“At this point, we don’t have final numbers on health insurance increases and some of that stuff,” he said. “The final number is hard to tell.”

Mayberry said that the loss would require a 2.4% increase in the tax levy just to offset that cut, and that’s before the district figures in other potential spending increases.

“To start the budget process with that kind of increase, that already exceeds our allowed tax levy cap percentage,” he said. “(That’s) not ideal in any way, shape or form.”

KCSD exceeded the tax levy cap set by the last year, increasing its tax levy by 6.8%.

While other schools like LPCSD may turn to interest revenue to offset the blow of the foundation aid loss, KCSD has even more limited resources.

“If we have any fund balance left over, we’ll be using some of that to help soften the blow,” Mayberry said. “In a district as small as ours, there’s not many places where you can cut your way to savings.”

AuSable Valley

AuSable Valley Central School District is set for a 1.3% decrease in foundation aid at $179,020. Combined with an anticipated loss of federal aid, though, this will impact the district’s budgeting and programming, according to district Superintendent Michael Francia.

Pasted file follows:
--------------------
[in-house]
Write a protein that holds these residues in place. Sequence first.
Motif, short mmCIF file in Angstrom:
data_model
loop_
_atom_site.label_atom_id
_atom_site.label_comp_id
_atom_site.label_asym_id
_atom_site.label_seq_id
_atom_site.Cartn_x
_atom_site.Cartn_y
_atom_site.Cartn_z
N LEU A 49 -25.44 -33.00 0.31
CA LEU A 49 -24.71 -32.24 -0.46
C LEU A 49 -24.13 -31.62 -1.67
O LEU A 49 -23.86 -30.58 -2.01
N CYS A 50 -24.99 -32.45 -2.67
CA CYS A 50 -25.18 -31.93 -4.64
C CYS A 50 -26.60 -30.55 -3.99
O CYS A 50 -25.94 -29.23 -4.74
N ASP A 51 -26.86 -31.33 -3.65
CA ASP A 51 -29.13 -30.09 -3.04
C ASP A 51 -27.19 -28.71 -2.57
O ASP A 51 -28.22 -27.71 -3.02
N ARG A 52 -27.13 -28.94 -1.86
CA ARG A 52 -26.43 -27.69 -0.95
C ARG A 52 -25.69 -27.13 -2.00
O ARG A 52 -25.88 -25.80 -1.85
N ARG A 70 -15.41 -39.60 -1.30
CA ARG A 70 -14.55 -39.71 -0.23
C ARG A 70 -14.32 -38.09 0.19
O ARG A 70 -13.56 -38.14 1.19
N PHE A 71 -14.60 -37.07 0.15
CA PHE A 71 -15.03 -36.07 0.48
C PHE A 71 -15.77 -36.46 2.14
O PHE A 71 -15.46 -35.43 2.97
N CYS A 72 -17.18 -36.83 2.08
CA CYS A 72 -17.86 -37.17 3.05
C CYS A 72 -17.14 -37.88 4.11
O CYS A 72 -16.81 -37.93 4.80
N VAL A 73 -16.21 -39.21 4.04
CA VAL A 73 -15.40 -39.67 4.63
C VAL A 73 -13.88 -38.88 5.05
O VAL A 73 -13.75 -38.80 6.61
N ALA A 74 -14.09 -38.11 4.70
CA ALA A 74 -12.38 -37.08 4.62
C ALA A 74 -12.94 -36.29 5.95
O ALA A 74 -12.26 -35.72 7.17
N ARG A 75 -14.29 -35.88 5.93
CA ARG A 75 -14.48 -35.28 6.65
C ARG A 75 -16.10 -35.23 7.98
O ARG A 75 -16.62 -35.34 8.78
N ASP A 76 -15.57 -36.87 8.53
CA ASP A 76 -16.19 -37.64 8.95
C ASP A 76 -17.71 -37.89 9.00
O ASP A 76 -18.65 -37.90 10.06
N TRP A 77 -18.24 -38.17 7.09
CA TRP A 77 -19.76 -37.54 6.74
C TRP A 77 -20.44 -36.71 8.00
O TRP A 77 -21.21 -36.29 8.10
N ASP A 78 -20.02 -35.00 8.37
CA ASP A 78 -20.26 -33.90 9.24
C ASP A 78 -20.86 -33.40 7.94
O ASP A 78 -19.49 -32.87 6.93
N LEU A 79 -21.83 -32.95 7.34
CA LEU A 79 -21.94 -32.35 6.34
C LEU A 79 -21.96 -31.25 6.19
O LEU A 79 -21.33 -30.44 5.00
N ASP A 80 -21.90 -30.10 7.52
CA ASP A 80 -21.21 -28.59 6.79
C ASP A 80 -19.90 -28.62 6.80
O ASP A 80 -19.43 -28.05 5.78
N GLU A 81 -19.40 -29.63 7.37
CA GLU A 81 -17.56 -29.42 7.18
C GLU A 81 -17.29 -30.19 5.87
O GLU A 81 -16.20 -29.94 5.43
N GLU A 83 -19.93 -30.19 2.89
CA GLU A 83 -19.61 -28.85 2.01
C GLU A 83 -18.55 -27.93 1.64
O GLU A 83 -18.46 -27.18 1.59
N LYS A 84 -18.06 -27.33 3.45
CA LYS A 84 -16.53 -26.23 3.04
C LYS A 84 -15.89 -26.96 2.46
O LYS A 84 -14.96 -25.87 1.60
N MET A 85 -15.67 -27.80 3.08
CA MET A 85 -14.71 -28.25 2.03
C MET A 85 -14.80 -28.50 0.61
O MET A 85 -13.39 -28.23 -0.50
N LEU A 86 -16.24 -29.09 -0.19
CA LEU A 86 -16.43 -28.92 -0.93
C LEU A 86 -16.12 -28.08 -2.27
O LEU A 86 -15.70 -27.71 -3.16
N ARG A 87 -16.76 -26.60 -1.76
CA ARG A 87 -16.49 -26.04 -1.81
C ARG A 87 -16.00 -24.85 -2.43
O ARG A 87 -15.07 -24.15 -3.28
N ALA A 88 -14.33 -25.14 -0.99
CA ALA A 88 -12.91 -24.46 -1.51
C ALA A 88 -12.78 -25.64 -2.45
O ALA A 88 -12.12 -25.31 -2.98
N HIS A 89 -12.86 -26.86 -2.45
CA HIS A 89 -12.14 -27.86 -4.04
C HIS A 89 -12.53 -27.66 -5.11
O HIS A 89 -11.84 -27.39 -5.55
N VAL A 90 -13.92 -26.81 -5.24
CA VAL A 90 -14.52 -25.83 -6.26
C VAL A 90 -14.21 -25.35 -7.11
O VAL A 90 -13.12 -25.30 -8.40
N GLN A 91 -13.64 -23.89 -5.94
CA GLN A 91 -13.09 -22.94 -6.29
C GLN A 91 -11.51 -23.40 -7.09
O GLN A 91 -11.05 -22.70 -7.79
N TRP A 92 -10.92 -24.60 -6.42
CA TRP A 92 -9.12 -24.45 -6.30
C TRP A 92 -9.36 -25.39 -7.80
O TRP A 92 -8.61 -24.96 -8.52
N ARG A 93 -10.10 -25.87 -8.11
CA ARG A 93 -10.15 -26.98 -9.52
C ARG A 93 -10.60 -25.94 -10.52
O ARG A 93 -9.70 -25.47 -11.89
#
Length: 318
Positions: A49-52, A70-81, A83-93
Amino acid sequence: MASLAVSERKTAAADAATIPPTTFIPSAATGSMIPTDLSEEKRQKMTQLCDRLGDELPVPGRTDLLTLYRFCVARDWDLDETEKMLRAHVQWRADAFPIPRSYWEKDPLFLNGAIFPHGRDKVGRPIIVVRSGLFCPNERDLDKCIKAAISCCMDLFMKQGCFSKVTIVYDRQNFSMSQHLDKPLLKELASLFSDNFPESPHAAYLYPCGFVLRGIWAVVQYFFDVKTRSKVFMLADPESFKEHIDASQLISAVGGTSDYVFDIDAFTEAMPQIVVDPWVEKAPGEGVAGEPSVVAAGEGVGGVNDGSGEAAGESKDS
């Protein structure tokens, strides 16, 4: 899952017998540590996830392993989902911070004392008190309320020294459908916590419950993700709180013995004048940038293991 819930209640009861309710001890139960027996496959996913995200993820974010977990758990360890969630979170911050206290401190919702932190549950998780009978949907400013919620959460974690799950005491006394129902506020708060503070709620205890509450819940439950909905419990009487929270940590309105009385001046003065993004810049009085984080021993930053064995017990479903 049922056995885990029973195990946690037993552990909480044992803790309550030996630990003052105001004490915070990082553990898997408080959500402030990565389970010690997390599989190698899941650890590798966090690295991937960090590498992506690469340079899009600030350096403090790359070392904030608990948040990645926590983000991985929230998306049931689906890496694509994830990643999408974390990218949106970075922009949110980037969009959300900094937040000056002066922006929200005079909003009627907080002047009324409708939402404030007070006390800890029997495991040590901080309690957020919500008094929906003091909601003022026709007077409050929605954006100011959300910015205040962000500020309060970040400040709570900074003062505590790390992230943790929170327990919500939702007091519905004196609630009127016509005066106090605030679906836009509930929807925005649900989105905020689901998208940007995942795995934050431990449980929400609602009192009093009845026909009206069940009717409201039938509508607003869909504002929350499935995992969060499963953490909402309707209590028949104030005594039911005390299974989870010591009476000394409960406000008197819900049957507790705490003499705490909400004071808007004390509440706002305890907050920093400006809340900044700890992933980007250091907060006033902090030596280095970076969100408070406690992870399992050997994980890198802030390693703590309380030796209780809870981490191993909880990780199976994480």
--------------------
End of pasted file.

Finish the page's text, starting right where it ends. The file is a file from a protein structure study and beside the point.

“Like most North Country schools here, we’re aid-dependent, heavily aid-dependent, and whenever there’s a cut in aid it affects what we can do,” he said. “Most of our schools have lost their (American Rescue Plan) money as well. … We have to take a real good look at what programming we’re offering. We’re going to have to be creative with how we staff that.”

Francia said the district is set to lose $736,595 in ARP Elementary and Secondary School Emergency Relief funding. ARP ESSER was signed into law in March 2021 to help schools continue operating during the coronavirus pandemic and transition back to in-person schooling.

“With the loss of that $736,000, you’re looking at your net revenue being $340,000,” Francia said. “But the cost of everything has gone up so much, that doesn’t come close to covering the increase in expenses that we’re estimating.”

He added that, as of now, the budget does not look like it’ll exceed the tax levy cap. However, the school board has some tough decisions on its horizon as it tries to mold operations to fit the ever-reducing budget.

“More money is going out than you have coming in, and it leaves us with some tough decisions,” Francia said. “We’re constantly in a cycle of having to cut … in order to have a balanced budget.”